In a divorce proceeding, the court determines who should have custody (and decision-making authority) over any minor children. When a child subject to such an order reaches majority, the court order usually expires. But when the now-adult child has a disability, either or both parents may seek appointment as guardian. Does the divorce court custody order control what happens in guardianship court?
We’re only talking about Arizona law
We frequently remind readers that we are Tucson elder law attorneys, and we know a few things about Arizona law. Don’t trust us in interpretation of the law in other states. You should also be suspicious of our views on matters not related to estate planning, elder law, probate or trust administration. Today we’re going to venture a little out of our usual lane, and write about divorce law and child custody.
If a now-adult person with a disability needs a guardian, does the divorce court custody order just get transferred into a guardianship order? That would make a certain amount of sense — especially since the parents may have already litigated the questions now re-raised in the adult guardianship matter. Is one parent better than the other at parenting? Does the child (now adult) have a preference? Does either parent have a history of either positive or negative behavior? Those are questions that both the divorce and guardianship judges focus on.
Arizona has a statute that directs the guardianship court to consider the divorce court custody order. That statute was reviewed in a recent (but “unreported”) Arizona Court of Appeals decision.
A couple gets divorced, and their child grows up
Consider the marriage, and then divorce, of Frank and Anne (not their real names, incidentally). When they split up in 2003, they were awarded joint custody of their five-year-old son. Arnold was, and remains, completely dependent on others for his care. He has, among other things, cerebral palsy, epilepsy, blindness and autism.
When Arnold was about to turn eighteen, Anne applied to be appointed as his guardian. Though a parent has priority for appointment as guardian, it is not automatic. The probate court must make a determination that a guardian is needed, and select the person (or persons) who would be the best appointee.
But when there is an existing divorce decree, the probate judge is supposed to follow the divorce order — at least, in most cases. Arizona Revised Statutes section 14-5311(D)(2) even addresses Arnold’s case. If there was a joint custody order in place when the child turned eighteen, the probate court “shall appoint both persons as the incapacitated persons co-guardians.”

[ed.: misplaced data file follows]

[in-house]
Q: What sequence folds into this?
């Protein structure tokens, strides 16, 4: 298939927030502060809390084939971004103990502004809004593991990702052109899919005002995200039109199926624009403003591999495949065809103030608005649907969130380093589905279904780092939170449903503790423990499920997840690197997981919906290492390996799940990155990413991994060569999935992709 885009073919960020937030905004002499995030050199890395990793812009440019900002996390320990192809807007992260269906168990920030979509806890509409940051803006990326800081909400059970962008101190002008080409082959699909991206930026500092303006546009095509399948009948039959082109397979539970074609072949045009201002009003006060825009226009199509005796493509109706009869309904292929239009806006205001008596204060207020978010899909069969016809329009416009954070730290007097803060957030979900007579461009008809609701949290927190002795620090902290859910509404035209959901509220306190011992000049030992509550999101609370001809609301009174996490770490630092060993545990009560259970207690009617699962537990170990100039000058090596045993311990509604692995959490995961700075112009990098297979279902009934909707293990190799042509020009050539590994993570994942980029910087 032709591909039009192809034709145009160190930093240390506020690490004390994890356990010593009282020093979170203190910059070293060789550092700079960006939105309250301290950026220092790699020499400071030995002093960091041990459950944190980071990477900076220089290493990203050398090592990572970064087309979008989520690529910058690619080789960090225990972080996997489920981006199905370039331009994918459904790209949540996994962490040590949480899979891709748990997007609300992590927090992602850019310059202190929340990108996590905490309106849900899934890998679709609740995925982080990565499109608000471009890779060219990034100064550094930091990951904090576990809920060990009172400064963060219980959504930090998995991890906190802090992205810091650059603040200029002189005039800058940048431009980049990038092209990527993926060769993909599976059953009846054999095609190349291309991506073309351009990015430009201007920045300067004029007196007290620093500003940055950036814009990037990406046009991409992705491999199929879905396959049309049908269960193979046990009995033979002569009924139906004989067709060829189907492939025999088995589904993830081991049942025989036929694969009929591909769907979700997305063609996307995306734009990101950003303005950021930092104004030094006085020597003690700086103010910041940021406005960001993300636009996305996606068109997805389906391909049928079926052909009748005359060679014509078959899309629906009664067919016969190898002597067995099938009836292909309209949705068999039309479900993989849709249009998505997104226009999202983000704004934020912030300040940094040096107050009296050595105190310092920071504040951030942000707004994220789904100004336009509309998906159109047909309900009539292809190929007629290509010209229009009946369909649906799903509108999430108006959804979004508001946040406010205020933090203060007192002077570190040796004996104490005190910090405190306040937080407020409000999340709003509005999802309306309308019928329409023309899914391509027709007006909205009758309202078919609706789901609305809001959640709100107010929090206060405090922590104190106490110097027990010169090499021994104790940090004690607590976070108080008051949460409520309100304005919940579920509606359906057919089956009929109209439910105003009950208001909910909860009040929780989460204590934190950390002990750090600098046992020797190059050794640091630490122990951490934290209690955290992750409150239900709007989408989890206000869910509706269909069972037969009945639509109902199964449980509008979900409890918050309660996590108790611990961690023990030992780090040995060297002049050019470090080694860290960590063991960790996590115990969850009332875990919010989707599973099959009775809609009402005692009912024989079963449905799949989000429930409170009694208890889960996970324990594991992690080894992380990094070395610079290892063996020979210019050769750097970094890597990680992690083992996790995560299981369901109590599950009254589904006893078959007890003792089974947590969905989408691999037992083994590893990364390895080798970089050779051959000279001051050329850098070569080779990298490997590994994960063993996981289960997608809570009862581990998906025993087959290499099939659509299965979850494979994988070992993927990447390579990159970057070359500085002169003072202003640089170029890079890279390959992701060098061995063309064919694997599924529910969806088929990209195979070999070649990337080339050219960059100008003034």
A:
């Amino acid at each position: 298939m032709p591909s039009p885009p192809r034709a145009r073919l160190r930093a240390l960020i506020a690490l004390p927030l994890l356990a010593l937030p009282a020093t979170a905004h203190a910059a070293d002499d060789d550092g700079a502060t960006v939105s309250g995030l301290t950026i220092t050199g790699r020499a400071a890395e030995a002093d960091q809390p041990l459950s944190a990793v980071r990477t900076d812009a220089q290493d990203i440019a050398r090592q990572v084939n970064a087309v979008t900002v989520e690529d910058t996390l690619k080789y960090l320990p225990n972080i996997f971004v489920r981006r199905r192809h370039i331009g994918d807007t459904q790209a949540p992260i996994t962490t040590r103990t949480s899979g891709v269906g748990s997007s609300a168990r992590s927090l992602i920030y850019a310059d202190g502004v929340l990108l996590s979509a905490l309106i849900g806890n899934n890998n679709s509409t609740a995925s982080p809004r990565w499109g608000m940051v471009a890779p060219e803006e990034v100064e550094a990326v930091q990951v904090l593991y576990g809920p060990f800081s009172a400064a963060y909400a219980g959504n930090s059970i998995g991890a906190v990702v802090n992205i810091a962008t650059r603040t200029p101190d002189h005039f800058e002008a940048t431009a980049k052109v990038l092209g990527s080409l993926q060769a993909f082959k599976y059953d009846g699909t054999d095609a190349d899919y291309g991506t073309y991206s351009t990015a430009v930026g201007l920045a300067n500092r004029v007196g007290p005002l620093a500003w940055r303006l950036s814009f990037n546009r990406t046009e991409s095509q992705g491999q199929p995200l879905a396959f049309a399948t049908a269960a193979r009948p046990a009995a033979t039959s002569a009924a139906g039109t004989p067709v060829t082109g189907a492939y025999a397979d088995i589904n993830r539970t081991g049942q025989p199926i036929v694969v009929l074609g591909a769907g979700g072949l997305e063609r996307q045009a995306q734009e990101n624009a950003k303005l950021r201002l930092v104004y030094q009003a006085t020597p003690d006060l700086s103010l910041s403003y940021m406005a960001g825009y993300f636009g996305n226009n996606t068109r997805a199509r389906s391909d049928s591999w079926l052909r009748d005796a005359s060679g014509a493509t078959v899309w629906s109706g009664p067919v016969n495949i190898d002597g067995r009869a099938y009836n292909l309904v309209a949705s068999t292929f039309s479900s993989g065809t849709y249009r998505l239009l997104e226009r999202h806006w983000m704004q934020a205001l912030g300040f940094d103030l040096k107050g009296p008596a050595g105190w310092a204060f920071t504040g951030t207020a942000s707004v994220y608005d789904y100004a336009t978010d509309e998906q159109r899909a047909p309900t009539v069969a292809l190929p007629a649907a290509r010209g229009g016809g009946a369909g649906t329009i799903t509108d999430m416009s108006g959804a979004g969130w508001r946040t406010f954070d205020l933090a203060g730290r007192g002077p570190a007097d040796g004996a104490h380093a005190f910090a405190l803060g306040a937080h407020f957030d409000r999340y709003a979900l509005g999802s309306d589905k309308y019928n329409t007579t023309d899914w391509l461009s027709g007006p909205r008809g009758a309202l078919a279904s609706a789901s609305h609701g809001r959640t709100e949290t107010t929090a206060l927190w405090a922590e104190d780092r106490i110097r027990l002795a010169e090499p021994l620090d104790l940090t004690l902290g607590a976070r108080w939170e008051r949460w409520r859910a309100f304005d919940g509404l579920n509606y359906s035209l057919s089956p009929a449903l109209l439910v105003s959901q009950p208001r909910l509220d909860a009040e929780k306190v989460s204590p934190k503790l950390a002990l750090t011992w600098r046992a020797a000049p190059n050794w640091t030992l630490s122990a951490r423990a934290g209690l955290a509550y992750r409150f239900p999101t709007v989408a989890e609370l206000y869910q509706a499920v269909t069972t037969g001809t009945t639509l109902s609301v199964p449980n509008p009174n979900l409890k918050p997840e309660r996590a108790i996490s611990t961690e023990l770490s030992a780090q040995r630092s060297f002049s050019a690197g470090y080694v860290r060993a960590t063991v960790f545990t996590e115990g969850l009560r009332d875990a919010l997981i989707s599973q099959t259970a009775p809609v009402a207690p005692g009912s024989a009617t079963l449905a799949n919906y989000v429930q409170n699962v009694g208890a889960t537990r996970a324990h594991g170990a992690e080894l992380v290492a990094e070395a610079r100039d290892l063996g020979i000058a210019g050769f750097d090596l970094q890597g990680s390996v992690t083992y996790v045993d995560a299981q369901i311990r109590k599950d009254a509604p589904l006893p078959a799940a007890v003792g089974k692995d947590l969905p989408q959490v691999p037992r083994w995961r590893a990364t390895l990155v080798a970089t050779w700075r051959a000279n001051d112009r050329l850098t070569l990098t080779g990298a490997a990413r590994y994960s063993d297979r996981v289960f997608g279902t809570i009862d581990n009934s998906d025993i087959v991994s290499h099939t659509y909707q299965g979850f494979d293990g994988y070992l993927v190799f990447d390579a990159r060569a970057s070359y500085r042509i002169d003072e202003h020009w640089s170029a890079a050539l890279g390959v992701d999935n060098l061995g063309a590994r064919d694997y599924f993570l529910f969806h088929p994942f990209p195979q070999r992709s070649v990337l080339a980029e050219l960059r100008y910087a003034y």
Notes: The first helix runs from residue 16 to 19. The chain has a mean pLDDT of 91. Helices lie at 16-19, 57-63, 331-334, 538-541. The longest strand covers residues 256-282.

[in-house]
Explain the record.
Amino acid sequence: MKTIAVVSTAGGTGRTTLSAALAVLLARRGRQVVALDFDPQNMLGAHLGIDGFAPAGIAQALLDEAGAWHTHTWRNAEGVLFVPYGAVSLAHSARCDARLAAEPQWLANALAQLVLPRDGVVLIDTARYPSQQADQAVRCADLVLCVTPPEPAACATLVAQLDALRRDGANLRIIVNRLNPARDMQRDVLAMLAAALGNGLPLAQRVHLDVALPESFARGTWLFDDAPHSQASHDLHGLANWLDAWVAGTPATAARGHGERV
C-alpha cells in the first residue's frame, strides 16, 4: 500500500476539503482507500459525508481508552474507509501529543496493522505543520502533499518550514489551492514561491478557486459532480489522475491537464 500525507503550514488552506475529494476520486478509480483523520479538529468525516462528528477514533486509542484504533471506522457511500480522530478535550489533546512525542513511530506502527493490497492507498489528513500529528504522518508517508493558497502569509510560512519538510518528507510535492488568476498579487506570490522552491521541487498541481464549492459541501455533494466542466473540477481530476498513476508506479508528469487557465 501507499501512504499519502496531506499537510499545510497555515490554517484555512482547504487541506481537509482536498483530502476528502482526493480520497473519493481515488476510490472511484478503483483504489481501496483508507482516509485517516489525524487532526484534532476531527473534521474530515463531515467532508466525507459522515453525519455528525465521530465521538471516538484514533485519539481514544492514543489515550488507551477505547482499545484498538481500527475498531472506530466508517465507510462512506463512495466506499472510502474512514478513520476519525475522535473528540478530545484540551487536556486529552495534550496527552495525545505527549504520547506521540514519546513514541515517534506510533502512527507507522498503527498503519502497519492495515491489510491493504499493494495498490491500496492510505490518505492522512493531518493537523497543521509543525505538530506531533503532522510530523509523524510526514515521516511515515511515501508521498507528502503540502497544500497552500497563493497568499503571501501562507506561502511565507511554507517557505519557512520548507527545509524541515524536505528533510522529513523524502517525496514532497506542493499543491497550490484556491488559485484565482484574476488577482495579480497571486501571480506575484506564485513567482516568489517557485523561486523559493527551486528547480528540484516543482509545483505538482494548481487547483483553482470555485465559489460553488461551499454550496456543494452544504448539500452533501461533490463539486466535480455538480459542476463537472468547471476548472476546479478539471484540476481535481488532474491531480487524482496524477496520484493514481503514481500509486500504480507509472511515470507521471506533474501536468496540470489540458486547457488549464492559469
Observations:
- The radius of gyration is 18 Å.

In the first go-round, Frank agreed that Anne could be sole guardian. In return, he received her assurances that he would have regular visitation with their son. But a year later, he decided he wanted to be appointed as co-guardian for Arnold. He filed a petition and scheduled a court hearing.
The probate judge decided that Frank and Anne had too much trouble agreeing on anything about Arnold’s care. If both were appointed as co-guardians, reasoned the judge, nothing would get accomplished, and the court would be in the business of settling all disputes. The judge declined to appoint Frank as co-guardian, finding that it would not be in Arnold’s best interests.
Citing the statute mandating appointment of co-guardians when there was a divorce court custody order, Frank filed an appeal. The Arizona Court of Appeals considered the question, and then ruled against Frank — and upheld the probate court’s order.
How could that be? Was it because Frank had agreed that his ex-wife could be sole guardian for the first year after Arnold’s majority? No. It was because of the introductory sentence in the Arizona statute.
Anne pointed to the language of the statute. It orders the probate judge to follow the earlier divorce court custody order “unless the court finds the appointment to be contrary to the incapacitated person’s best interest.” That was exactly what the probate judge had found, and his order was affirmed. In re Co-Guardianship and Co-Conservatorship of Hadi, April 18, 2019.
Some loose ends in the Hadi case
Let’s follow up with a couple additional notes of interest:
- The case is an “unreported” case, though it appears in the online reports and is easily available. That just means that the appellate judges decided it wasn’t significant enough to allow lawyers to cite it in later, similar cases. We readers all get to decide how significant we think a case is, but generally our weekly newsletter avoids unreported cases because of the lack of precedential value. We think this one is more interesting than the judges themselves gave it credit for.
- There’s actually another, also interesting, issue in the Hadi case. Frank initially applied to be appointed as both guardian and conservator. The former role (in Arizona) would mean he would have had equal authority over health care, living arrangement and social programs for Arnold. The latter would have meant he had equal authority over Arnold’s finances. The probate judge decided that Arnold didn’t have any assets that needed management, though — his only income was from his disability, and the Social Security Administration has a “representative payee” program to keep management of their funds out of the courts. The Court of Appeals agreed with the probate judge that there was no need to appoint a conservator.
- Anne asked that the Court of Appeals not only reject Frank’s arguments, but make him pay her attorneys’ fees, as well. The Court of Appeals decided to make each side pay their own fees, though Frank was ordered to pay Anne’s court costs (like filing and copying fees).